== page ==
A well-rounded mountain bike ride through the gorgeous Tucson Mountains.

Statistics

235

m

235

m

3

max°

Difficulty

FATMAP difficulty grade

Difficult

Description

The Starr Pass Loop through Tucson Mountain Park provides a well-rounded mountain bike ride in an easily-digestible package.

Neither too steep nor too flat, too technical nor too easy, this blue/black ride provides a delightful sample of the Tucson Mountains and the beauty that you can experience here. "The views around this loop are endless, and massive saguaro cacti line the way," [writes](https://fatmap.com/routeid/177864/Starr_Pass_Tour) adventure travel writer Brendon Voelker.

"Smaller teddy bear cholla (named for their fuzzy appearance), and prickly pear cactus are also abundant.

A wide array of desert wildlife also resides here, including countless snakes, lizards, tortoises, and even roadrunners." The route mapped here follows the Rock Wren trail from the trailhead to the eponymous Starr Pass Trail.

Some of the most challenging rock sections on the route are encountered here on Starr Pass, early on in the ride.

The technicality eases up as the ride progresses, so even if a few of the rocks are a bit over your head, take heart: it should get easier. The trail eventually gains the top of the low pass between two steep mountains.

From the top of the pass, the route drops gradually down the backside on the Sarasota Trail, wraps around the western side of the mountains to the Yetman Trail, and climbs back up a mild pass and the top of the primary descent. The main descent on Yetman is fast, flowy, and non-technical.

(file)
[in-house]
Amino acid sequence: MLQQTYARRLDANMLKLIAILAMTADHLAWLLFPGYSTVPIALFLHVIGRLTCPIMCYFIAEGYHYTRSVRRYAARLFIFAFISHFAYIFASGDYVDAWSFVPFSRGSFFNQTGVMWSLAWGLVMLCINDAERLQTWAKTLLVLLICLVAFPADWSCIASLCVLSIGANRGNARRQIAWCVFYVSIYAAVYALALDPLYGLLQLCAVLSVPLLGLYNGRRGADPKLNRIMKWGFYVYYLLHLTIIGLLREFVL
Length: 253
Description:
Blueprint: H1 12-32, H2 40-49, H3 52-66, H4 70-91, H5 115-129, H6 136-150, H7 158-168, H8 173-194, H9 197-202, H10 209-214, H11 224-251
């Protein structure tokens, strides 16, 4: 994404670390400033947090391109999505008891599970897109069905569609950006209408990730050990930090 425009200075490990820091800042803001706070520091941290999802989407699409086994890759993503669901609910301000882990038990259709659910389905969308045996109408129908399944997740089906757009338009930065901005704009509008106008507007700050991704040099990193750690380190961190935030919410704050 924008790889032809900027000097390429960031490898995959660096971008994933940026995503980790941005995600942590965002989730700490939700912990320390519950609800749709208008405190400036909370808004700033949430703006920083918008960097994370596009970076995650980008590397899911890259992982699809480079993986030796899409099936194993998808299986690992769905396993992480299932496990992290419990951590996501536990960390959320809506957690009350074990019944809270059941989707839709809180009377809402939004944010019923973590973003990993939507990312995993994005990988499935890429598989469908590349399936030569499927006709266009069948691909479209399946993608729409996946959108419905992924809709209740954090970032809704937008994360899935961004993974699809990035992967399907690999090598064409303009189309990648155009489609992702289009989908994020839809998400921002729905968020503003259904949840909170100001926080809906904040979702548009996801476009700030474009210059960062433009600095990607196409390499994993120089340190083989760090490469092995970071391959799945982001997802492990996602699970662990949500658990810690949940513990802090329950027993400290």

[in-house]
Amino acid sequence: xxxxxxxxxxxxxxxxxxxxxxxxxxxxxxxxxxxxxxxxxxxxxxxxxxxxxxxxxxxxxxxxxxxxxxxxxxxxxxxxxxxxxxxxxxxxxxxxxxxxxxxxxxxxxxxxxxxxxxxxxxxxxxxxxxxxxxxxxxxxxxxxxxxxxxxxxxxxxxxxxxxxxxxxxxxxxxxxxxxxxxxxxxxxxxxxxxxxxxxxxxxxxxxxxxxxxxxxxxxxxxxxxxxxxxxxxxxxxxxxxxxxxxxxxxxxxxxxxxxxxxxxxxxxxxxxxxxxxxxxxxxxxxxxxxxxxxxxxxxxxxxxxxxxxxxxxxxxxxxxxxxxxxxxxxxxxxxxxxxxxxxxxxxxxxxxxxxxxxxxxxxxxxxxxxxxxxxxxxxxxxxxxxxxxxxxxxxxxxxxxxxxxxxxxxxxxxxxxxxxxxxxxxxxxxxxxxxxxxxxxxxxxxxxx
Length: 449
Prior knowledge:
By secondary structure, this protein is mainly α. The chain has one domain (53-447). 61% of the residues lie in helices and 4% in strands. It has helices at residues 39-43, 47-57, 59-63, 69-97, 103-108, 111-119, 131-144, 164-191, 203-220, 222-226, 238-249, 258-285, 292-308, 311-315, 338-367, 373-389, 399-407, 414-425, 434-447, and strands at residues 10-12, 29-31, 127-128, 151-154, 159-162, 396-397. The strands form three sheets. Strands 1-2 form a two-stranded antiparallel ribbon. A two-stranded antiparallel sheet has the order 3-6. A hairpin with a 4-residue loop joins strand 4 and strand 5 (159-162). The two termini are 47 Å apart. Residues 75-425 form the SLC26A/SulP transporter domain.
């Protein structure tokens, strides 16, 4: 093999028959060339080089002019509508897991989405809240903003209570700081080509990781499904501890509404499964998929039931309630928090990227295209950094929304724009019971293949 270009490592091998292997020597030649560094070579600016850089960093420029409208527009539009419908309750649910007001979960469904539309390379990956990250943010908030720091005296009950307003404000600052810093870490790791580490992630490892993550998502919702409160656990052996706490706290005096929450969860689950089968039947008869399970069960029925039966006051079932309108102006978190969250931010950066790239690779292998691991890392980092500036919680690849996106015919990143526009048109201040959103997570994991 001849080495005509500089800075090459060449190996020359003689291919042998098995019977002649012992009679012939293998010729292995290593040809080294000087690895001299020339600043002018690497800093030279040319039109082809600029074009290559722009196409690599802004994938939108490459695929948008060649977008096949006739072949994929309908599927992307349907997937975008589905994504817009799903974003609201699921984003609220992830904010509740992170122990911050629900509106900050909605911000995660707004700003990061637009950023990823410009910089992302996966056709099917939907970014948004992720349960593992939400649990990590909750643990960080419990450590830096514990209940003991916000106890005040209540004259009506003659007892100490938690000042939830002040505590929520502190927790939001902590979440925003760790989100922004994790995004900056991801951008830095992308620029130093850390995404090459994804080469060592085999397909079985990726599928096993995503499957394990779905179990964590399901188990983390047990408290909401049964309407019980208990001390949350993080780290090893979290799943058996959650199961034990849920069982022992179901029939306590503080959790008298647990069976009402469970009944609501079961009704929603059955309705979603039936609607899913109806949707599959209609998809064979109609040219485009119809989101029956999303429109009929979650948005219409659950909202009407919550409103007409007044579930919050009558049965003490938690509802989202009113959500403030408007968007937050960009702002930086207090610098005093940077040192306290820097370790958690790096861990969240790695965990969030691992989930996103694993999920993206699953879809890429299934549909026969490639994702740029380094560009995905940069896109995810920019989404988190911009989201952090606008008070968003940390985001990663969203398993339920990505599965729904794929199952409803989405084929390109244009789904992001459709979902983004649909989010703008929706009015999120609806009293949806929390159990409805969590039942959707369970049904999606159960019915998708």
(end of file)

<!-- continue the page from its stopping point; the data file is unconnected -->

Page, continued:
The biggest challenges are not impaling yourself on a cactus and watching out for oncoming traffic, as this is a popular two-way trail.

If you're willing to lean in close to the cacti, you can rail through the mildly-bermed corners at top speed! Once at the bottom of this descent, you'll find yourself at a four-way junction, with at least two viable options to return to the trailhead.

The route mapped here takes the narrower and slightly more challenging singletrack alternative, but in this direction, you get to ride down a few rocky switchbacks instead of arduously pushing your bike up them. While the route as mapped here—the most popular loop option in this region—is only a mere 8.5 miles long, it can easily be extended with the Explorer Trail leading to another series of loops to the south, or the Yetman trail continuing to either the northwest or the northeast.

The Tucson Mountain Park trail system is extremely well-signed, making it easy for even a new visitor to Tucson to navigate through the network.